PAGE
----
Alaska blood bank says nationwide shortage highlights local need: ‘We’re pretty much on our own’

A person wearing a gown and gloves holds a bag full of blood.
Donated blood at a donation center in Juneau. (KTOO file photo)

The state’s only blood distributor sent out an urgent plea for blood donations in August. Blood Bank of Alaska told potential donors that there was a looming shortfall in the state’s inventory of blood products.

“We’ve actually still been able to supply Alaska hospitals with blood. Obviously, that’s the number one concern and priority, said Wes Dahlgren, who is in charge of collections for the non-profit.

He said donor response to the pre-emptive alert has been outstanding over the last two weeks. But, he said, the need was critical. Usually, the organization has a three to give day supply on hand. And, at the time of the alert, it was down to less than a day’s supply of certain blood types.

An empty glass case.
Bare shelves at a blood distribution center in Washington. (Image courtesy of Bloodworks Northwest.)

Dahlgren said there’s still a significant need for increased donations. Usually, he said, Alaska can reach out to blood banks in the Lower 48 if inventory falls short. But not lately.

“Given the shortage around the country, that’s not possible,” he said. “Right now, we’re pretty much on our own.”

Curt Bailey runs Bloodworks Northwest, a regional blood distribution center in Washington state that has distributed blood products to Alaska in the past.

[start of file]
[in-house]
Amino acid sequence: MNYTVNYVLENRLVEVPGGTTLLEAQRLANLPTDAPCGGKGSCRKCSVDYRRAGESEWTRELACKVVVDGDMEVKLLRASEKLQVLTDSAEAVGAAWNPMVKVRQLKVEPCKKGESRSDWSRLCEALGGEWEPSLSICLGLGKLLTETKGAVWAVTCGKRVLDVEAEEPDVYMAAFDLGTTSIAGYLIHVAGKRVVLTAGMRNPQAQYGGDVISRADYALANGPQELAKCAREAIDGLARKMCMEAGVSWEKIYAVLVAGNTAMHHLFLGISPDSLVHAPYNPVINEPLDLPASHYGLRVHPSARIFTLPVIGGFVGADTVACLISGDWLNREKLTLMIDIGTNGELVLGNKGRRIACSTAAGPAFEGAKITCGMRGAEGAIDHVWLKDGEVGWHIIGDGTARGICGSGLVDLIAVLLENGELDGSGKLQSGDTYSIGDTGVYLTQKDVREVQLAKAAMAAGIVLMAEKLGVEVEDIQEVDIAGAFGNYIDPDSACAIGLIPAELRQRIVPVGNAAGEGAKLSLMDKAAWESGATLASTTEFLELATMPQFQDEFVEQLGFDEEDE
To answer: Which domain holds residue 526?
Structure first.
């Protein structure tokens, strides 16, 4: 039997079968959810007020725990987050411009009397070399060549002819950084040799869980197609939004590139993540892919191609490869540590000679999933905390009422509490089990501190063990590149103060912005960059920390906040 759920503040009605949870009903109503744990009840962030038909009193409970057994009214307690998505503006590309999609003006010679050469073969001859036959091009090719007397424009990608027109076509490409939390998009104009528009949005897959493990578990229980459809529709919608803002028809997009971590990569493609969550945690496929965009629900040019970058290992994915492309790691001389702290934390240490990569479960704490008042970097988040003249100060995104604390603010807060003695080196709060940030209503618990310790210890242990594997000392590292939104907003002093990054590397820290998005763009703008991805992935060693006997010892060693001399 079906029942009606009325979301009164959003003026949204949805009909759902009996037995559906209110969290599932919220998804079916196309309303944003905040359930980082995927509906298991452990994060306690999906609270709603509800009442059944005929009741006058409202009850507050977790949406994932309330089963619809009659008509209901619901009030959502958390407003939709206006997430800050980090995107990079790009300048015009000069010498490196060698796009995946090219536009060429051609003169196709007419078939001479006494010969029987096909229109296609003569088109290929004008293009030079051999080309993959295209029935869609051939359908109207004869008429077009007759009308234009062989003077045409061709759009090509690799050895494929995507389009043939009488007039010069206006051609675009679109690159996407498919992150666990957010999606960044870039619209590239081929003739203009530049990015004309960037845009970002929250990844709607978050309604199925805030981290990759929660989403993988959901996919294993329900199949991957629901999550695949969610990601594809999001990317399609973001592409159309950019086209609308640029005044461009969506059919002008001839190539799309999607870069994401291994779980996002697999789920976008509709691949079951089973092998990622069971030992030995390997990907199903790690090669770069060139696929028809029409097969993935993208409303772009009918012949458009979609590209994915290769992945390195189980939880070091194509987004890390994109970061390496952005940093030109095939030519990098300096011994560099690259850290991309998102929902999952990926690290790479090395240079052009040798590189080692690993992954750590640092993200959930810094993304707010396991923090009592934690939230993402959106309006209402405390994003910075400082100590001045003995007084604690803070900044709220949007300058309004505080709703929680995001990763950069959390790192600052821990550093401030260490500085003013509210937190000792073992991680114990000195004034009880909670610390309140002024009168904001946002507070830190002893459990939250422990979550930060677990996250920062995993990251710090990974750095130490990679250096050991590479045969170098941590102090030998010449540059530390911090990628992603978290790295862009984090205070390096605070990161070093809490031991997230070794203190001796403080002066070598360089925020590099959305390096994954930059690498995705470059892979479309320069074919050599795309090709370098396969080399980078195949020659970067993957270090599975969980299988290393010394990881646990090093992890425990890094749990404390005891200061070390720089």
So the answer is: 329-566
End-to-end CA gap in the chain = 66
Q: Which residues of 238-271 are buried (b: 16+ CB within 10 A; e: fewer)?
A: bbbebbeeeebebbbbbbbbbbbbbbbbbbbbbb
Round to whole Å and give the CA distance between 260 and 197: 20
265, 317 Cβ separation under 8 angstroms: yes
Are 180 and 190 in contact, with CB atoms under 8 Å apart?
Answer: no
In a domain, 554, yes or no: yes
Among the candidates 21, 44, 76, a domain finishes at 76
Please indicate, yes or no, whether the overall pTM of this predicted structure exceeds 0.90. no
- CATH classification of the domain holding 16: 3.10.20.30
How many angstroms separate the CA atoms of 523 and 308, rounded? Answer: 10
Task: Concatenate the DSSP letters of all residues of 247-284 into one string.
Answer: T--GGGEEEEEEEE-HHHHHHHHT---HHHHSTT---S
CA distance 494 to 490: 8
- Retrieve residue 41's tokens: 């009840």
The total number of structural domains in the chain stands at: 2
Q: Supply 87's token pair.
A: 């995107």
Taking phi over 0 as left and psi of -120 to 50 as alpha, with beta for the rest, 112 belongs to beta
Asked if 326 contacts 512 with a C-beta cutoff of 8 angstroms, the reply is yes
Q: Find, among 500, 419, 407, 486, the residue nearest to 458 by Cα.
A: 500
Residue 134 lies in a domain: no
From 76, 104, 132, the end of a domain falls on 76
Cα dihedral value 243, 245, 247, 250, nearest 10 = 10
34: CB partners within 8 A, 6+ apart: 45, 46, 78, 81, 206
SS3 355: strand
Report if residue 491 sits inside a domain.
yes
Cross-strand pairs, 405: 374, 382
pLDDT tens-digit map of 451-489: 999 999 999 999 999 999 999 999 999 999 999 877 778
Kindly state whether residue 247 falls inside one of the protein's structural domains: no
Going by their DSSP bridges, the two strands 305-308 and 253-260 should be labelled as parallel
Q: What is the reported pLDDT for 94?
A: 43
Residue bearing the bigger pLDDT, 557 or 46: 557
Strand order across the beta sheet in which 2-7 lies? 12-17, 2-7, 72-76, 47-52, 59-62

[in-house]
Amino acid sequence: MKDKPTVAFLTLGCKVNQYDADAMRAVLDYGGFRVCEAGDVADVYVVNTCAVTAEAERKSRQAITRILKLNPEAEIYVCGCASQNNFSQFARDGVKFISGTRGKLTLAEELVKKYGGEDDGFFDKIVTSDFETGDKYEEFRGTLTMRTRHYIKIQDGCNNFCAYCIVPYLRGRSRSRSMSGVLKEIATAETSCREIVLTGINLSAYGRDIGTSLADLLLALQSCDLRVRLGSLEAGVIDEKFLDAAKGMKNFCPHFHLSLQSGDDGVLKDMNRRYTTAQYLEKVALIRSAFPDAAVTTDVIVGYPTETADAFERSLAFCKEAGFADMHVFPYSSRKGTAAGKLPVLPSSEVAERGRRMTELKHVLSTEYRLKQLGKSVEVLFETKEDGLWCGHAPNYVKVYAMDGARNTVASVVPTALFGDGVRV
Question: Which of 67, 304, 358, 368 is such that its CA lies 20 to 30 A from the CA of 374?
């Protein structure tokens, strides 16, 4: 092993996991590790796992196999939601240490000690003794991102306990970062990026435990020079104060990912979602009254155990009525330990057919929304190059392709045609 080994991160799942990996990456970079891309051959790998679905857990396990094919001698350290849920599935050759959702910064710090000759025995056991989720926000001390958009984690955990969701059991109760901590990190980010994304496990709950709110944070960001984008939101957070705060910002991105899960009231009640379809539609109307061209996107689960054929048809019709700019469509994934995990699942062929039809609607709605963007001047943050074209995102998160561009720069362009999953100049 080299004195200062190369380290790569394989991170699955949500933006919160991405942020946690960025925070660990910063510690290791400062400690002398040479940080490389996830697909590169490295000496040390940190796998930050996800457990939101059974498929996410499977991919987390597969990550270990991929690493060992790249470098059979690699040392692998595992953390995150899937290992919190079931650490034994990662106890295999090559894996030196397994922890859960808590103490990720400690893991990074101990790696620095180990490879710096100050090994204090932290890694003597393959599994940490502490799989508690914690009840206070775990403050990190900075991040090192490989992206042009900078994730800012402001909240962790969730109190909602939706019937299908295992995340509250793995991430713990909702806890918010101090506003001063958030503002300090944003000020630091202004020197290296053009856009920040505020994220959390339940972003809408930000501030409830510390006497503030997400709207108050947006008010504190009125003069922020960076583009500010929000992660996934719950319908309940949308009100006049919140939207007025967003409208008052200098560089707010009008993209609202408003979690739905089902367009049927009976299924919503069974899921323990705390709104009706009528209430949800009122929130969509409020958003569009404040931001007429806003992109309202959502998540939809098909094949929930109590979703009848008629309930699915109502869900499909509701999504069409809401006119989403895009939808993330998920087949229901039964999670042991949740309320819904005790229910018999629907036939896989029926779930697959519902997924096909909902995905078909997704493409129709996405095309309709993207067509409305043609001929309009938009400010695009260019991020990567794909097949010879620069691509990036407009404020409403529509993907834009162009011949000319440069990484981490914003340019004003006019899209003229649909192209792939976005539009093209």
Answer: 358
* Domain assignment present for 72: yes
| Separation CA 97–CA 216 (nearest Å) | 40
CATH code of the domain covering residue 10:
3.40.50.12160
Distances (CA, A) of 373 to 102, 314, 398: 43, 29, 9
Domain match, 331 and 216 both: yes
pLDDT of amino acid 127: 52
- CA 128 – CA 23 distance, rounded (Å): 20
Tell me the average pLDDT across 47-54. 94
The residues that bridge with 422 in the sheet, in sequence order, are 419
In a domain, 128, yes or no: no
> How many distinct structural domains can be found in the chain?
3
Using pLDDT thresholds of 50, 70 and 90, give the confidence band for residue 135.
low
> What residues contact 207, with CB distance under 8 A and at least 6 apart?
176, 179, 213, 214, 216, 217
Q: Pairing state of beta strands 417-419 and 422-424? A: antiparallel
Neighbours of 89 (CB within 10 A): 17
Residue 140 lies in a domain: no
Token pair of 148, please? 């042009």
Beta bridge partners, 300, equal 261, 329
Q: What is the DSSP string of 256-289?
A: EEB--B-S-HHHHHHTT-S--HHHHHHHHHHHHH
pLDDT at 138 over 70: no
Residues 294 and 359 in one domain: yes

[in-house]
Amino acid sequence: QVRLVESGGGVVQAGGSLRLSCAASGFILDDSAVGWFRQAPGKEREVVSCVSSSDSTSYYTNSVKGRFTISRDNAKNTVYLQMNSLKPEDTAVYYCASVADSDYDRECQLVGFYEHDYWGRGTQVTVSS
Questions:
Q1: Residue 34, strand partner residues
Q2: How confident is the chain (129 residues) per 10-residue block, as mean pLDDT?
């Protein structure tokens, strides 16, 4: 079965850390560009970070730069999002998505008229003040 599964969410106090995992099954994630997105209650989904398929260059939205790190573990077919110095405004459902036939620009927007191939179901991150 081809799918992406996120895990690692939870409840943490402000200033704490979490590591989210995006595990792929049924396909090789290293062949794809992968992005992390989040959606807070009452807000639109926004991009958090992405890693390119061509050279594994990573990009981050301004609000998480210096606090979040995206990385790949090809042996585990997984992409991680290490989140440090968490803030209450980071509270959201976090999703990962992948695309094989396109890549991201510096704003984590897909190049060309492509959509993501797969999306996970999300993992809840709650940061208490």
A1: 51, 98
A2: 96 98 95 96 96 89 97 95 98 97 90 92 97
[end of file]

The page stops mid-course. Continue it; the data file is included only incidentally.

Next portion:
“In our main storage facility, there are banks of refrigerators,” said Bailey. Normally, one could walk into that refrigeration bank and be surrounded by shelves of, of blood. And now when one walks in, they’re mostly empty.”

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He said demand has increased nationwide for blood products. He attributes that, in part, to people seeking care now after deferring surgery and other treatments during the first year of the pandemic.

That’s paired with a drop in blood donations, he said.

Also, mobile collections units are usually cramped quarters, so his group shut them down for the pandemic.

“The stocks of blood that all blood collectors, like Bloodworks, keeps for emergencies started to dwindle because we had to use that blood for patients who really needed it,” he said. “And it’s been very, very difficult to keep up.”

In his region, Bailey said, providers are limiting transfusions. Dahlgren at Blood Bank of Alaska said that’s not happening in Alaska.

You can give blood regardless of COVID-19 vaccination status, he said.

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